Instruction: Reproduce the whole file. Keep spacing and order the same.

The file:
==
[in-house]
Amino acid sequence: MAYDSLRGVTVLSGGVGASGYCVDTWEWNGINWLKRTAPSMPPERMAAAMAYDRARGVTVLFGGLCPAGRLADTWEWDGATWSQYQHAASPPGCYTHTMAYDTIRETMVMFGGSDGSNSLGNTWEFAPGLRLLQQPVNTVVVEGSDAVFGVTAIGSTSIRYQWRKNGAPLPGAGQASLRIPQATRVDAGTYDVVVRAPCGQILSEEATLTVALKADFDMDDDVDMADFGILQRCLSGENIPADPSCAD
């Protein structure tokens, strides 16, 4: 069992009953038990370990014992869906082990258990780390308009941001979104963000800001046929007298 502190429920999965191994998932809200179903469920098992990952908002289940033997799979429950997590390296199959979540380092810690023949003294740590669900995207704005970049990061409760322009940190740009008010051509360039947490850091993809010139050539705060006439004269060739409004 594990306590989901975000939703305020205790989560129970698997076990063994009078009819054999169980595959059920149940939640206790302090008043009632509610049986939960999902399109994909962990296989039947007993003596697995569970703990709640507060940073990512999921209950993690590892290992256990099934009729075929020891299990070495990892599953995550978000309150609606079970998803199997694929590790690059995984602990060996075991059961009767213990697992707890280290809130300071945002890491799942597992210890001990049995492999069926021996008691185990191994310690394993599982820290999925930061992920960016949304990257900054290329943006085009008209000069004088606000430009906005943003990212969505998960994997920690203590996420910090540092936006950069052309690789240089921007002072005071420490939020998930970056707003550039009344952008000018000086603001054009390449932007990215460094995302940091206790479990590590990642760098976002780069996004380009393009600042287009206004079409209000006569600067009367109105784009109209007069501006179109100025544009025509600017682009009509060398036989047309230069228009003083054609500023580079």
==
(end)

[in-house]
Amino acid sequence: MAYDSLRGVTVLSGGVGASGYCVDTWEWNGINWLKRTAPSMPPERMAAAMAYDRARGVTVLFGGLCPAGRLADTWEWDGATWSQYQHAASPPGCYTHTMAYDTIRETMVMFGGSDGSNSLGNTWEFAPGLRLLQQPVNTVVVEGSDAVFGVTAIGSTSIRYQWRKNGAPLPGAGQASLRIPQATRVDAGTYDVVVRAPCGQILSEEATLTVALKADFDMDDDVDMADFGILQRCLSGENIPADPSCAD
């Protein structure tokens, strides 16, 4: 069992009953038990370990014992869906082990258990780390308009941001979104963000800001046929007298 502190429920999965191994998932809200179903469920098992990952908002289940033997799979429950997590390296199959979540380092810690023949003294740590669900995207704005970049990061409760322009940190740009008010051509360039947490850091993809010139050539705060006439004269060739409004 594990306590989901975000939703305020205790989560129970698997076990063994009078009819054999169980595959059920149940939640206790302090008043009632509610049986939960999902399109994909962990296989039947007993003596697995569970703990709640507060940073990512999921209950993690590892290992256990099934009729075929020891299990070495990892599953995550978000309150609606079970998803199997694929590790690059995984602990060996075991059961009767213990697992707890280290809130300071945002890491799942597992210890001990049995492999069926021996008691185990191994310690394993599982820290999925930061992920960016949304990257900054290329943006085009008209000069004088606000430009906005943003990212969505998960994997920690203590996420910090540092936006950069052309690789240089921007002072005071420490939020998930970056707003550039009344952008000018000086603001054009390449932007990215460094995302940091206790479990590590990642760098976002780069996004380009393009600042287009206004079409209000006569600067009367109105784009109209007069501006179109100025544009025509600017682009009509060398036989047309230069228009003083054609500023580079």